Another thing the film did very well is remind us of the charm of 70’s music. Yes the film gave you the feel you were watching a Glee episode but seeing the young people sing and perform songs from David Bowie, Roxy Music, 10cc, ELO, The Byrds this movie brings the charm back and reminds you why those songs charmed the teens then and continue to charm today. In fact the film’s title is the title of a 1971 album by David Bowie and one of the songs from it, Life On Mars, is the first song in the film where the students are performing or rehearsing.

Minnie Driver did a good performance where she was able to display her singing skills along with her acting, but I’ve seen better overall acting from her in the past. This movie actually belonged to supporting ensemble of actors playing the teenagers in the movie. The movie was about them growing up and dealing with their own personal issues while rehearsing for the musical and they did a very good job of it. They also did a good job of acting like Welsh teens from the 70’s. The one of the teens that stood out was Aneurin Barnard as Davey, the one caught in the middle of the play, family tensions and a possible liaison with Vivienne. The only adult actor to steal the movie away from the teens had to be Robert Pugh who goes from your typical stodgy headmaster to siding with Vivienne in the end. Marc Evans is not too experienced with directing features as he is with television and documentaries but he does a good effort in this movie, if unspectacular. Scriptwriter Laurence Coriat brings in some depth in what could have been another run-of-the-mill high school musical script. The music was very good and very professional. Overall all actors did a good combined job of acting and singing.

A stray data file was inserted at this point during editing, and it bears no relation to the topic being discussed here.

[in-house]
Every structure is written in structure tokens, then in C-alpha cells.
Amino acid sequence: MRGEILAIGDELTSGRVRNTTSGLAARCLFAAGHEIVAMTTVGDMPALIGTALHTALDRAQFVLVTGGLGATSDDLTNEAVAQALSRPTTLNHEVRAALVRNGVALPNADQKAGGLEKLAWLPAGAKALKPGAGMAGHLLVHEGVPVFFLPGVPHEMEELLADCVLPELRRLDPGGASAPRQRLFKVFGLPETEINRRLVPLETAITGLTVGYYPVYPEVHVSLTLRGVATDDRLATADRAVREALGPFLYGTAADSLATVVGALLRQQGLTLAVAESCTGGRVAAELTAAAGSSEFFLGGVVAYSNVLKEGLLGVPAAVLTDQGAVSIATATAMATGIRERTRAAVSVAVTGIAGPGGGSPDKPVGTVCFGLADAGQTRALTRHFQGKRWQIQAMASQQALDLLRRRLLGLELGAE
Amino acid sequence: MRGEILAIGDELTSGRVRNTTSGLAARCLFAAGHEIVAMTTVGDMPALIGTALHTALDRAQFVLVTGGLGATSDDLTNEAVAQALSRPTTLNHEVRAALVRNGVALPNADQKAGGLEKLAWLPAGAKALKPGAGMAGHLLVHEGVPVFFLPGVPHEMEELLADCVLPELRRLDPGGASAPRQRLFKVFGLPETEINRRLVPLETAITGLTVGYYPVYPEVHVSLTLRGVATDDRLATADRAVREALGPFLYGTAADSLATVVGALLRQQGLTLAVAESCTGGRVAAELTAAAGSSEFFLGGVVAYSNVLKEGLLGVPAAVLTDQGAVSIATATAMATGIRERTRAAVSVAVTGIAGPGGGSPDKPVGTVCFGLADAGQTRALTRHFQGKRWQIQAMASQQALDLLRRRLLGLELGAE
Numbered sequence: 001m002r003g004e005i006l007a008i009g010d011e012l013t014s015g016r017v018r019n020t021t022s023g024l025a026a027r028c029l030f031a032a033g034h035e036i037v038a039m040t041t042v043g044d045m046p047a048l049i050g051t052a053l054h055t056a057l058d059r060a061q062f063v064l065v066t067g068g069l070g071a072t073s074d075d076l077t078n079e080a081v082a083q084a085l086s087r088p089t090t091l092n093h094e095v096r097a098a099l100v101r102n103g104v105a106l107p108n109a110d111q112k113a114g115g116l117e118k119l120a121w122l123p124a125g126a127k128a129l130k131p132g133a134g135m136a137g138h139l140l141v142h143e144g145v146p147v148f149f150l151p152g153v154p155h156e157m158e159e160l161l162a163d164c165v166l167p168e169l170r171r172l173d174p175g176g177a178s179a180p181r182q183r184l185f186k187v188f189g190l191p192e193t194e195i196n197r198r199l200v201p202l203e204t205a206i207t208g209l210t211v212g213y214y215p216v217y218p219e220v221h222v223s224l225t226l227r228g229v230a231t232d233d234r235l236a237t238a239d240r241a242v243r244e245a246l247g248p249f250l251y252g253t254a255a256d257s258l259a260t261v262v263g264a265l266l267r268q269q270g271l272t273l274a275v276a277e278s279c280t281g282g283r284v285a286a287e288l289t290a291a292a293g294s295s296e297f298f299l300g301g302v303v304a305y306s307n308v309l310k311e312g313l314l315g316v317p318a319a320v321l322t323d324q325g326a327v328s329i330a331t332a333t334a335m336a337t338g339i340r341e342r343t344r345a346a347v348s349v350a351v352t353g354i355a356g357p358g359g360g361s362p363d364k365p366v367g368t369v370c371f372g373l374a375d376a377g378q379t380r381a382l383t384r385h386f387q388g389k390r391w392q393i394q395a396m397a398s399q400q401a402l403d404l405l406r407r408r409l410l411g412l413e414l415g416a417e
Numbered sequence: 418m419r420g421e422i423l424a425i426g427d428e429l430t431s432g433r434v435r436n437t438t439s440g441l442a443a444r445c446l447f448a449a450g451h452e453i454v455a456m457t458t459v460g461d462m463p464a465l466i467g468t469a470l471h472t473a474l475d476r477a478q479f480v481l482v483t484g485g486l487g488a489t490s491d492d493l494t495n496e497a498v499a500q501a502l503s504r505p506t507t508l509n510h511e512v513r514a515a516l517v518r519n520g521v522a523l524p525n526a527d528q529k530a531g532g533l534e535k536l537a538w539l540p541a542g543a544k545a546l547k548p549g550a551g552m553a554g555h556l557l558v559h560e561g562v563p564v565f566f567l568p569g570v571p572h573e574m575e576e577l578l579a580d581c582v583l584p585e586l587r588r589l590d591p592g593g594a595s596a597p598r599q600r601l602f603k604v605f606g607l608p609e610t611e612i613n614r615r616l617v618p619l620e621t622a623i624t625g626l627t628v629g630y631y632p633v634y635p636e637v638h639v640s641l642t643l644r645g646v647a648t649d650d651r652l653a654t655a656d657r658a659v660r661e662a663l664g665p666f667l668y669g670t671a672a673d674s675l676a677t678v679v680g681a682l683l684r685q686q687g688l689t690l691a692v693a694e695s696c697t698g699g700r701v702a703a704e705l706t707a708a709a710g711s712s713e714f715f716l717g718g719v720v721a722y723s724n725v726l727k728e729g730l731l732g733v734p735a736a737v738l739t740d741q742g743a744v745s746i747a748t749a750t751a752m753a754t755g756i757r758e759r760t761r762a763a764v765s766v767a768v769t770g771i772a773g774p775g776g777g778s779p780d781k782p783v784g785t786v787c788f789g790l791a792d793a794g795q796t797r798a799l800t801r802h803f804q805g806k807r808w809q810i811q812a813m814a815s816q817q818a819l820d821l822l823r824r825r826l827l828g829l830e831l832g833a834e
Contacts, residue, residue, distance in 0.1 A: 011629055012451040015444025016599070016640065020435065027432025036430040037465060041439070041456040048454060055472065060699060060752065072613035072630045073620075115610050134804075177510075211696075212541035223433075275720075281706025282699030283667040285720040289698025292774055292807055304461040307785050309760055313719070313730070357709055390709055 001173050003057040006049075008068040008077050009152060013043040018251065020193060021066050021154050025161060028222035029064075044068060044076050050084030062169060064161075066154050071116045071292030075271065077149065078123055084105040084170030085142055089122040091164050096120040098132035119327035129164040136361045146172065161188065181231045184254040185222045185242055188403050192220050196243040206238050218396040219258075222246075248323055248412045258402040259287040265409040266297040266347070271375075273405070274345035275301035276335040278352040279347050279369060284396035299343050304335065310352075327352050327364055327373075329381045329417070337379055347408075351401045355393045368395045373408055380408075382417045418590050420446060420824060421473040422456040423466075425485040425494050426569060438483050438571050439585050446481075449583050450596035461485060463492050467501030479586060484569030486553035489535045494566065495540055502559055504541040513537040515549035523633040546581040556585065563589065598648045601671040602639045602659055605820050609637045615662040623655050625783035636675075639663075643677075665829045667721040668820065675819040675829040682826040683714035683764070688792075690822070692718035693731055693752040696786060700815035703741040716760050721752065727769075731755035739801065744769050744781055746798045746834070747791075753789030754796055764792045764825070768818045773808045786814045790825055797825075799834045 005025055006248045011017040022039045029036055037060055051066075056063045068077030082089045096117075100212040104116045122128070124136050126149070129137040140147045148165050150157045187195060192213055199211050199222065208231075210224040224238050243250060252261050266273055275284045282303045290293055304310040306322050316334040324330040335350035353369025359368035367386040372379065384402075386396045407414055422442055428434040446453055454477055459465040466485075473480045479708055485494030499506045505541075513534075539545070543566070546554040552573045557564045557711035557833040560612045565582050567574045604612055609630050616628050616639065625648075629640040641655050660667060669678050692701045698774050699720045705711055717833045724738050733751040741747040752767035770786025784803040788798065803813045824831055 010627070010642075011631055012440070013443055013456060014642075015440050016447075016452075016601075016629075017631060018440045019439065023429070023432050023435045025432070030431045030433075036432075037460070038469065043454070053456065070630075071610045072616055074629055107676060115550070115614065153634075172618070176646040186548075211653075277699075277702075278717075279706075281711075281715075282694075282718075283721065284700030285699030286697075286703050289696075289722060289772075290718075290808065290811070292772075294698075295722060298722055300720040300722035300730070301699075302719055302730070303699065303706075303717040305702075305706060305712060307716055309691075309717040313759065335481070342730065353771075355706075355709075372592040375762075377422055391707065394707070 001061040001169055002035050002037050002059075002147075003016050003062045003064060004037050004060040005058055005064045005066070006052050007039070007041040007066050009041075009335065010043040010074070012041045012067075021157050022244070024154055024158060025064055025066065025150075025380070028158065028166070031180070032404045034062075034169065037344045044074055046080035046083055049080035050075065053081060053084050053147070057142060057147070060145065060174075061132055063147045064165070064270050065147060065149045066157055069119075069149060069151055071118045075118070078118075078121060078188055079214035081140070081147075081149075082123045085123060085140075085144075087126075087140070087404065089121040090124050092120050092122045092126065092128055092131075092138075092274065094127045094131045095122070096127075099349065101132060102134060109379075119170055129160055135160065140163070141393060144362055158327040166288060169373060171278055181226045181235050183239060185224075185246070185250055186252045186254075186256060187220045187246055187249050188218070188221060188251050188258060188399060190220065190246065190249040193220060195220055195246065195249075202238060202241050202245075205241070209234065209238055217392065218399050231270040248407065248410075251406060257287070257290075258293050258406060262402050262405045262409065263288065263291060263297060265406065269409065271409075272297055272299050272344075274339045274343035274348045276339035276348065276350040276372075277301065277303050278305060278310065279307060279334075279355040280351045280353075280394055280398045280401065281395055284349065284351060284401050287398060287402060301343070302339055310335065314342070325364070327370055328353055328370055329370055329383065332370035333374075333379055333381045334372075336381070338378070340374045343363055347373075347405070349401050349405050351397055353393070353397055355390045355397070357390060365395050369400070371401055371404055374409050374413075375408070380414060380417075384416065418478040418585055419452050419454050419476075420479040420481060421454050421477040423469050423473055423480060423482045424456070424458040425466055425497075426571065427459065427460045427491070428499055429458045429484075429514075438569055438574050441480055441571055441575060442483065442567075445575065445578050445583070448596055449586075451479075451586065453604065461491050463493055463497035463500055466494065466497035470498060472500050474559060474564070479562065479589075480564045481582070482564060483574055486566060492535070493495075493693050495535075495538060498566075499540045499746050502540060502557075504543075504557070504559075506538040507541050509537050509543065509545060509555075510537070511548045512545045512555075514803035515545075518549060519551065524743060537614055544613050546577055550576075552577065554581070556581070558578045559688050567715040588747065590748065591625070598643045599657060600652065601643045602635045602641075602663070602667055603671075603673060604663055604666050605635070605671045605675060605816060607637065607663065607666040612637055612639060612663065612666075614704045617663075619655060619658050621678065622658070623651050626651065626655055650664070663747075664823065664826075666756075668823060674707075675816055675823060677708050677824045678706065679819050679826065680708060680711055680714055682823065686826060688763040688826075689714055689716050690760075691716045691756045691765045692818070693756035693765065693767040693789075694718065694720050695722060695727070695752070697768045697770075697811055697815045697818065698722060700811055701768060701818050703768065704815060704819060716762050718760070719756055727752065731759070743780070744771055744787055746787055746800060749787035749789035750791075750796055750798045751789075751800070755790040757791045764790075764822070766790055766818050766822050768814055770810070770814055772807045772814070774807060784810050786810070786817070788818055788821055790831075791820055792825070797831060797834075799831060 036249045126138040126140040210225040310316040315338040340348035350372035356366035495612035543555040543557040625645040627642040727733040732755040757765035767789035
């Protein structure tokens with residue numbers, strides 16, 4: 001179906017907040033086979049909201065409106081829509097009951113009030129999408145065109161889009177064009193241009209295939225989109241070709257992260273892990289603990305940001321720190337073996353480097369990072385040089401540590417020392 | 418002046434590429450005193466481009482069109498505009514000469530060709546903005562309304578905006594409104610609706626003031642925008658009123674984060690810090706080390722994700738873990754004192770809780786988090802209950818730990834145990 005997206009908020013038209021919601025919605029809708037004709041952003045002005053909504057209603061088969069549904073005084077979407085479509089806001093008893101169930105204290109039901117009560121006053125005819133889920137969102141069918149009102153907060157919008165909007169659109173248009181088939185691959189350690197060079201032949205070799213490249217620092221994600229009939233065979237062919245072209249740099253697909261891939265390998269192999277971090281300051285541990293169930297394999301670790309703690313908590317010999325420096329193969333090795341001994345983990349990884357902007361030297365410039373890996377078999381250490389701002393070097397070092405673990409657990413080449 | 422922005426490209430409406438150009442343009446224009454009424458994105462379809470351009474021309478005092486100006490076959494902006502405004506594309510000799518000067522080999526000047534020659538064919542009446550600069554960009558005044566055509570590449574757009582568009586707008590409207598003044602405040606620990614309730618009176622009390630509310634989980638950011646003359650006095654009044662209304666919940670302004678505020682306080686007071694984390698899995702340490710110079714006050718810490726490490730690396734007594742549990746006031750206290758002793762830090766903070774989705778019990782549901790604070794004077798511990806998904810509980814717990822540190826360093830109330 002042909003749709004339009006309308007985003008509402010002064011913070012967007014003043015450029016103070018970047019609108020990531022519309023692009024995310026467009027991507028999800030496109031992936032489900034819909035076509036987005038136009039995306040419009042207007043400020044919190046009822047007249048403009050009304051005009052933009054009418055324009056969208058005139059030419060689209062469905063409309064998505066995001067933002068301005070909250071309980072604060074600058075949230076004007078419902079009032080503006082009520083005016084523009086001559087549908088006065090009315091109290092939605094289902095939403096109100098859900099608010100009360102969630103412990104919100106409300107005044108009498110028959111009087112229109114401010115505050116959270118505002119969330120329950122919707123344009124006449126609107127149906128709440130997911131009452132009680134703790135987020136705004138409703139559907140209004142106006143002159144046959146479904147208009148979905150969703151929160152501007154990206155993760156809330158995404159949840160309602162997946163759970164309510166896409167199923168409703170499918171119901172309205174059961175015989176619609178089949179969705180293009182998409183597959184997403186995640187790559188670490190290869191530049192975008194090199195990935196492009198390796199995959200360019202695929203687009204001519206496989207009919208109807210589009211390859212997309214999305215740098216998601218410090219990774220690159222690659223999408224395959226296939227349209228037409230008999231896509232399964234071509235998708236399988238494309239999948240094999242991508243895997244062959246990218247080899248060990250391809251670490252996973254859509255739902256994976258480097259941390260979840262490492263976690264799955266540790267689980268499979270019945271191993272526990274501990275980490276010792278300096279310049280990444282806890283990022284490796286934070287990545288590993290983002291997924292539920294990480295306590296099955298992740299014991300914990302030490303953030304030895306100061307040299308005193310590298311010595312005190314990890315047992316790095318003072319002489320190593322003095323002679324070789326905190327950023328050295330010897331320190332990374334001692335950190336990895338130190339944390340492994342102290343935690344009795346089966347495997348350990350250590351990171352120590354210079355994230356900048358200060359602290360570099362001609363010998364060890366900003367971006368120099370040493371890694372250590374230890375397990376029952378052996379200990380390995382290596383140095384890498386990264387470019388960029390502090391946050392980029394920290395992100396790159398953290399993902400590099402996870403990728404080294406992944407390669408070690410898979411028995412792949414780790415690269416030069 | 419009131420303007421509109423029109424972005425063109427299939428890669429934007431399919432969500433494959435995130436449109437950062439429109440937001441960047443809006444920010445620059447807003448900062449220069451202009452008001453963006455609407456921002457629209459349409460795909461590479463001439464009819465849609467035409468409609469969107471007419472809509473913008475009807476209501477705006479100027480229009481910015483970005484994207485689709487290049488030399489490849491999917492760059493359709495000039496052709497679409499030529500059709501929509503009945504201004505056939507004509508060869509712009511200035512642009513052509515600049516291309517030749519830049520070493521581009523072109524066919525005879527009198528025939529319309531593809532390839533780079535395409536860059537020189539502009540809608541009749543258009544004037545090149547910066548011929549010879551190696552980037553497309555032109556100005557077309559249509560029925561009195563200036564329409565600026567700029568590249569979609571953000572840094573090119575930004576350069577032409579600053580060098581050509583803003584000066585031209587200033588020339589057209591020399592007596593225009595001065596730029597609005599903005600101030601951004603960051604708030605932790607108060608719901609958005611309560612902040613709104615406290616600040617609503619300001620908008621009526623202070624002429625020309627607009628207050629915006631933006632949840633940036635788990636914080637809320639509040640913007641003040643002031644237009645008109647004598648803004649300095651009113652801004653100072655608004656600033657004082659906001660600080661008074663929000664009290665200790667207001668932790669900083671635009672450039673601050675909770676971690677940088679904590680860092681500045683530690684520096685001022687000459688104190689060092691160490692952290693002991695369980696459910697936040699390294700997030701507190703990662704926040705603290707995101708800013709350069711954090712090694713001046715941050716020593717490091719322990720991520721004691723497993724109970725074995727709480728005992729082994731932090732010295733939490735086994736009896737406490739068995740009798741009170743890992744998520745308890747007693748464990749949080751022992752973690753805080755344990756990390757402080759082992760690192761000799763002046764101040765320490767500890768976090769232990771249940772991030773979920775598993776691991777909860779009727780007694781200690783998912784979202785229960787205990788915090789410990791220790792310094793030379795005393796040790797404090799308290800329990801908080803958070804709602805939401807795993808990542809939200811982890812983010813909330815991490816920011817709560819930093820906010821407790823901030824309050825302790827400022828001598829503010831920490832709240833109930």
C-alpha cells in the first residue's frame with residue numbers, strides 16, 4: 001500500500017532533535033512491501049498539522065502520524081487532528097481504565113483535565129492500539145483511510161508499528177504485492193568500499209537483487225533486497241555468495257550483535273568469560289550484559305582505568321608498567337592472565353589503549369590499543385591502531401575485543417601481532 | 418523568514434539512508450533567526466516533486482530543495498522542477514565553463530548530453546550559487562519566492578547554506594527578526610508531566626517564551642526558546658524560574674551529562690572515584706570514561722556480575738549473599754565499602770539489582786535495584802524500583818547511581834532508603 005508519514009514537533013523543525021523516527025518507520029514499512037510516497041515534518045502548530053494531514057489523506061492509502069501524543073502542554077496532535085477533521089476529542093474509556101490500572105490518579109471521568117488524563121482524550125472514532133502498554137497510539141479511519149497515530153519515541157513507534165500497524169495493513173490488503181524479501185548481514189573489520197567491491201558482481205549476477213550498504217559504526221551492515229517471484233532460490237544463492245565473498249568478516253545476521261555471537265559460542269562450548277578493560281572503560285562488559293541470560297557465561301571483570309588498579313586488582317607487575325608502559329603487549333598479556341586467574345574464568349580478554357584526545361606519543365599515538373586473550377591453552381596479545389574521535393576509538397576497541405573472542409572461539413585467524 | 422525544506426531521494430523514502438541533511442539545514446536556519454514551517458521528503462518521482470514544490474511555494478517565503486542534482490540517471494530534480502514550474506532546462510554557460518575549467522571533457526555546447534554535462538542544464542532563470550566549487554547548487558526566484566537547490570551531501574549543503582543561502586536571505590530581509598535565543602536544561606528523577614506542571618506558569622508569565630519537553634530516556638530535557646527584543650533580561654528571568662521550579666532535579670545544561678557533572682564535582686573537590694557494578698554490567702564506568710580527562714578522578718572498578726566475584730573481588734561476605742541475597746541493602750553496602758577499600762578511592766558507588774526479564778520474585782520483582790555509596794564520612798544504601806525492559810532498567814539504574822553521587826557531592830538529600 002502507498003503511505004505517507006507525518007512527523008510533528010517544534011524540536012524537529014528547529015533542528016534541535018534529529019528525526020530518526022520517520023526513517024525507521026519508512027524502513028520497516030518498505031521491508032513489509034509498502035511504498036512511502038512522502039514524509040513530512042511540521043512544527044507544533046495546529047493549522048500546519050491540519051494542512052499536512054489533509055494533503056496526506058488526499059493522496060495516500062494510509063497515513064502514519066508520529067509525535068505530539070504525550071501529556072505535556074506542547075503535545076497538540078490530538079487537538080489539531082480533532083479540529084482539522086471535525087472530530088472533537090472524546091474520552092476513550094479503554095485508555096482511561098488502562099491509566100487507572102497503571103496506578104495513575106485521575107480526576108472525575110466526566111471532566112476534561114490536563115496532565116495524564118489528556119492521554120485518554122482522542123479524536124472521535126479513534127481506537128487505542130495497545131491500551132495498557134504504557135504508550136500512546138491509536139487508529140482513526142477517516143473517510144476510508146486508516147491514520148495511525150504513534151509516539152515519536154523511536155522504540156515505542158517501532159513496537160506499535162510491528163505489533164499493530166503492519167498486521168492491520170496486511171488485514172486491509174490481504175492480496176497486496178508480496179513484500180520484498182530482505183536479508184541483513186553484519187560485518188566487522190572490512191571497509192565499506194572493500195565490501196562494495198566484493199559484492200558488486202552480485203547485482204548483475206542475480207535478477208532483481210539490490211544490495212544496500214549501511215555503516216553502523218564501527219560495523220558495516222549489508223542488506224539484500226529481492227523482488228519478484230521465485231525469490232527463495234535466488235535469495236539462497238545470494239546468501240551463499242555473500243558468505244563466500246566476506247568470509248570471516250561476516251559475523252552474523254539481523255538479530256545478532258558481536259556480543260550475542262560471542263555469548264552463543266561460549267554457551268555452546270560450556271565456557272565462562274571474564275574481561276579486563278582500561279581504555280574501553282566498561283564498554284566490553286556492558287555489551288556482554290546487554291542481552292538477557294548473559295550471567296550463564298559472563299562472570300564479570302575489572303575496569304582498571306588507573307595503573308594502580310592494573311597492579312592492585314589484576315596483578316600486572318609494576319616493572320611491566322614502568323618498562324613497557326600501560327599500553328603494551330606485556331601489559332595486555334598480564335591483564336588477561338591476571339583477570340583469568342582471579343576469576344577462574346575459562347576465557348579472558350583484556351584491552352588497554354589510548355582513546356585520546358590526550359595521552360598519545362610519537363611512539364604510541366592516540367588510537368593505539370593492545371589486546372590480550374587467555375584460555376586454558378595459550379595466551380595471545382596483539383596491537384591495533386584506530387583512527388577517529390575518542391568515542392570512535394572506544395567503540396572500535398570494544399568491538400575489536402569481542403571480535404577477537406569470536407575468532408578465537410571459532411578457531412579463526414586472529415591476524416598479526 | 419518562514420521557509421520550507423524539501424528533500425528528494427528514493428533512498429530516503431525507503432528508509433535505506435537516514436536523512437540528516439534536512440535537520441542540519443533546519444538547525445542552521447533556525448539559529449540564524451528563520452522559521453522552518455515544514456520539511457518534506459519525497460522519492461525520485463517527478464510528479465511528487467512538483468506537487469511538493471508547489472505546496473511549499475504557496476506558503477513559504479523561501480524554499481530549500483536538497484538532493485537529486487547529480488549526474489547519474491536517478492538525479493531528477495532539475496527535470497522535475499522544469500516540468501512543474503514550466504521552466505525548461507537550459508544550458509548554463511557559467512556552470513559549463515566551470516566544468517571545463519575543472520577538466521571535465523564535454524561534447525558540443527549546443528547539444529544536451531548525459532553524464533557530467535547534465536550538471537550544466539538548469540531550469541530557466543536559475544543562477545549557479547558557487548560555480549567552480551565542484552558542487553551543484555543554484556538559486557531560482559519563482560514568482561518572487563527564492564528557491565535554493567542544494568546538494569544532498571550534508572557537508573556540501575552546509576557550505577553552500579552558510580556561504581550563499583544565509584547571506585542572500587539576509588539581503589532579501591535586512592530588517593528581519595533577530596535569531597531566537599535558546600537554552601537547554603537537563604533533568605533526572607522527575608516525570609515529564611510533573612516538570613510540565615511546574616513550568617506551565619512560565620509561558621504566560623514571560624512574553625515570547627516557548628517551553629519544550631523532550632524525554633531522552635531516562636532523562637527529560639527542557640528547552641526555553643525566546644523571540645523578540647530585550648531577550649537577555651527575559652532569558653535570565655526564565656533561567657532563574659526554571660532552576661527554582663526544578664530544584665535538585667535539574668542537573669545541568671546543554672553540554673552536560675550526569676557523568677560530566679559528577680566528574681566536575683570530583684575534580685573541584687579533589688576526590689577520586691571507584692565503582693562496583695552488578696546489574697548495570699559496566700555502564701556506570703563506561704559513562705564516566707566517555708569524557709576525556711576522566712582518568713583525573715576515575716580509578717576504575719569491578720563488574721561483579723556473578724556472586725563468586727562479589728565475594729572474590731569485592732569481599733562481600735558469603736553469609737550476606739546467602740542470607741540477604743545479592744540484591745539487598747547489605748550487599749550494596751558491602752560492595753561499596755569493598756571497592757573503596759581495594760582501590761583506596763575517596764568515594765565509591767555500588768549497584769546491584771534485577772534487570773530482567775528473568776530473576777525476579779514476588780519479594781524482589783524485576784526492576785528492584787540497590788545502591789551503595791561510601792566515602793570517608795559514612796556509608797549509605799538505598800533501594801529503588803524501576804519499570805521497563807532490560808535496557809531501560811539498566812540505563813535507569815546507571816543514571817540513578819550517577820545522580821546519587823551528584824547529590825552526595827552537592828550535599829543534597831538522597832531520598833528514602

I didn’t originally plan to see Hunky Dory that day: the Sunday before Canadian Thanksgiving. I meant to see Late Quartet but tickets for volunteers were finished and I had to wait in the Rush Line as my last chance. I did secure a ticket for Hunky Dory just in case I was out of luck. Sure enough, I was out of luck for Late Quartet. Despite missing Last Quartet, I’m quite content in seeing Hunky Dory that Sunday night.

Hunky Dory has done the film festival circuit and is due for big screen release anytime soon. IMDB shows the movie listed as released on March 2, 2012 in the UK and Ireland. Wikipedia says that it will be released by Universal Pictures in the US and 20th Century Fox around the rest of the world. This would make it the first British independent film secured by a major studio. I thought Billy Elliot was. Whatever the stats, the purchase by those two companies should boost the box office outcome of Hunky Dory in the future.

Basically Hunky Dory is not meant to take film making or music making in any new directions. It’s the same story redone and made to look different. Nevertheless its purpose it appears is to entertain the crowd and it does just that. Fans of musical movies or shows like Glee or High School Musical will like it.